By Moira Marquis

Being poor and unable to afford bail in New York can be a death sentence. The vast majority of people who died on Rikers Island prison in 2022 were classified as “suspected suicide.” This is a troublingly vague causation. Yet, the New York Department of Corrections claims concern for death is behind their appeal to deny paper correspondence and paper books to people.

The NYDOC is following a national trend in prisons and jails that asserts concern that drugs enter prisons through the mail. Despite evidence that staff are the primary conduit of drugs into prisons, this rationale has been seized on as a justification for denying incarcerated people even the meager respite of reading letters from their family or a fantasy novel mailed to them from local non-profits such as Books Through Bars.

As part of the effort to curb contraband entering through the mail, several states, including the federal Bureau of Prisons, now scan mail. Despite this, there have been no decreases in drugs and contraband, according to the Marshall Project. Instead, these policies do nothing to address the main source of drugs in prisons which are “low-paid employees and understaffed facilities.”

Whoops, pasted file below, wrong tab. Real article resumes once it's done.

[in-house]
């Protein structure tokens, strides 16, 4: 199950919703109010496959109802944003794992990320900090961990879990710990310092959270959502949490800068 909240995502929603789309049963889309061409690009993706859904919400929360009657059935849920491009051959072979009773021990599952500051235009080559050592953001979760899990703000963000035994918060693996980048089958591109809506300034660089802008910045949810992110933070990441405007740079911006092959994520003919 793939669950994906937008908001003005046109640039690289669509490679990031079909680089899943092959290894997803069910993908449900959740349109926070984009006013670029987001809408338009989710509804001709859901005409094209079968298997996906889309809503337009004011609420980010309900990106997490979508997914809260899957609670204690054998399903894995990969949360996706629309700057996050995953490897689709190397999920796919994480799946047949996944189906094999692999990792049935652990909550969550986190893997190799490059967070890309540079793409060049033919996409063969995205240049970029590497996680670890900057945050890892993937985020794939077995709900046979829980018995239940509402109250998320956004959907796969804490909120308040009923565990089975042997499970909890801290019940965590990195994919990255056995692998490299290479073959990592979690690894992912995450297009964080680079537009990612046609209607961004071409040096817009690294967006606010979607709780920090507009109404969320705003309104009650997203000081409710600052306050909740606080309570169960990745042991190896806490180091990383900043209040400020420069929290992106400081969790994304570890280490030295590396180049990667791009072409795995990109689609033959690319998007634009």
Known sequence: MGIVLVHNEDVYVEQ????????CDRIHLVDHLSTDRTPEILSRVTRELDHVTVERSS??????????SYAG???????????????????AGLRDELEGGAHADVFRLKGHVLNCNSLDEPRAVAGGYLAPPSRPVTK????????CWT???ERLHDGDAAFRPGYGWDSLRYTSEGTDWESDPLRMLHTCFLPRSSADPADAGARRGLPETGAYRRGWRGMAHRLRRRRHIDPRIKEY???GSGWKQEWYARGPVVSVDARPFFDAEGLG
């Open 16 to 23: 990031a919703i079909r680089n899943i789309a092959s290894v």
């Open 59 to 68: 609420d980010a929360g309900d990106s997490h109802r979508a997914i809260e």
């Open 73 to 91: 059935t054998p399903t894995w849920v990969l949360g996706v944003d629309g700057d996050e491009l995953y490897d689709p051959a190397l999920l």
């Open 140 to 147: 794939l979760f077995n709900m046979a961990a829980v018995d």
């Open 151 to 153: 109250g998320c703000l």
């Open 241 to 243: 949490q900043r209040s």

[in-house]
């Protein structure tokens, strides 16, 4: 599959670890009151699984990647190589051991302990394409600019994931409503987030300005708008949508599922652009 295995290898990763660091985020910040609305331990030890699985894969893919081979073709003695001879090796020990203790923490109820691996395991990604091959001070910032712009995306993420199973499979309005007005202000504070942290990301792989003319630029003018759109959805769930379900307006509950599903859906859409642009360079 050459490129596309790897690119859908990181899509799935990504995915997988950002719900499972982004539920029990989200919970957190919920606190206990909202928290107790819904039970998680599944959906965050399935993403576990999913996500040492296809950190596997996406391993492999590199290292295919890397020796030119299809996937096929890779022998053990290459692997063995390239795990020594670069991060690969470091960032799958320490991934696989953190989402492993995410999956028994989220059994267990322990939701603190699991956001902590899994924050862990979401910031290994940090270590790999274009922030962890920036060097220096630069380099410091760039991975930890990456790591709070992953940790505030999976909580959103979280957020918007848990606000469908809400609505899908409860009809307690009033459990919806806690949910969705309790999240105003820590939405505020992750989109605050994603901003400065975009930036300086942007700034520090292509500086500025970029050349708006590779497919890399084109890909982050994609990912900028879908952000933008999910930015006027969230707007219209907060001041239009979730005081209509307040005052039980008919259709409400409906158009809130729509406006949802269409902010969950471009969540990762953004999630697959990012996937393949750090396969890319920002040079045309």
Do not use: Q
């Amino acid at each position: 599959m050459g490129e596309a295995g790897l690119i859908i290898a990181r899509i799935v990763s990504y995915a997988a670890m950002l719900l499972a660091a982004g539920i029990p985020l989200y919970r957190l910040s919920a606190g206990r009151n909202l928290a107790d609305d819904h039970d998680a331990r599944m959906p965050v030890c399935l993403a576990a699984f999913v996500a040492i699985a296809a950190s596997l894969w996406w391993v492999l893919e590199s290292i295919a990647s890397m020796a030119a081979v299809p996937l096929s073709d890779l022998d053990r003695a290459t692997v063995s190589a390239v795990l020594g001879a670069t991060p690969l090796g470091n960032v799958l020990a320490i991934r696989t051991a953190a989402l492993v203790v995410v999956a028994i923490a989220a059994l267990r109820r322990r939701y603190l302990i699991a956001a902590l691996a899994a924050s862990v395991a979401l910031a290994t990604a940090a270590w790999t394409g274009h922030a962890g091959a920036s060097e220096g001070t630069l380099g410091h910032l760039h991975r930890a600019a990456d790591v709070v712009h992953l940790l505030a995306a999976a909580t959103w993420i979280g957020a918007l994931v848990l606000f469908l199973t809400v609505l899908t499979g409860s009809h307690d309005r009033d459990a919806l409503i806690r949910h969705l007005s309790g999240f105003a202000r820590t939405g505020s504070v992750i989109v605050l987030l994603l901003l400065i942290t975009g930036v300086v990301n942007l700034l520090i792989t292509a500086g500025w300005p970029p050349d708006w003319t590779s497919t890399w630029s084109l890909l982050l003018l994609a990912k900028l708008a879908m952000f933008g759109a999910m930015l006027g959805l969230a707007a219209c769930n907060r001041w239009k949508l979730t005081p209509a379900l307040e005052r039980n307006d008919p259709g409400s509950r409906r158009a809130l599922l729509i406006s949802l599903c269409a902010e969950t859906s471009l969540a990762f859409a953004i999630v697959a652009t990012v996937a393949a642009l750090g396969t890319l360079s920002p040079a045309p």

Additionally, it is certain that someone is going to pay for the tablets. The private company slated to provide them, Securus, is for profit and is certainly not giving incarcerated people tablets as charity. The stated responsible parties are the incarcerated people and their families.

In the case of Rikers, these are people who are incarcerated largely because they don’t have the money to begin with. This strategy seems destined to follow the course of a former contract with Securus for phone calls in New York City’s prisons and jails which generated $5 million for the city and $2.5 million per year for Securus. After public outcry over the exorbitant costs born by families of incarcerated people pressured the state, New York rescinded its kick-back but maintained Securus as the carrier and taxpayers now pay the company for the cost of phone calls for incarcerated people to their loved ones.

Depress yourself further at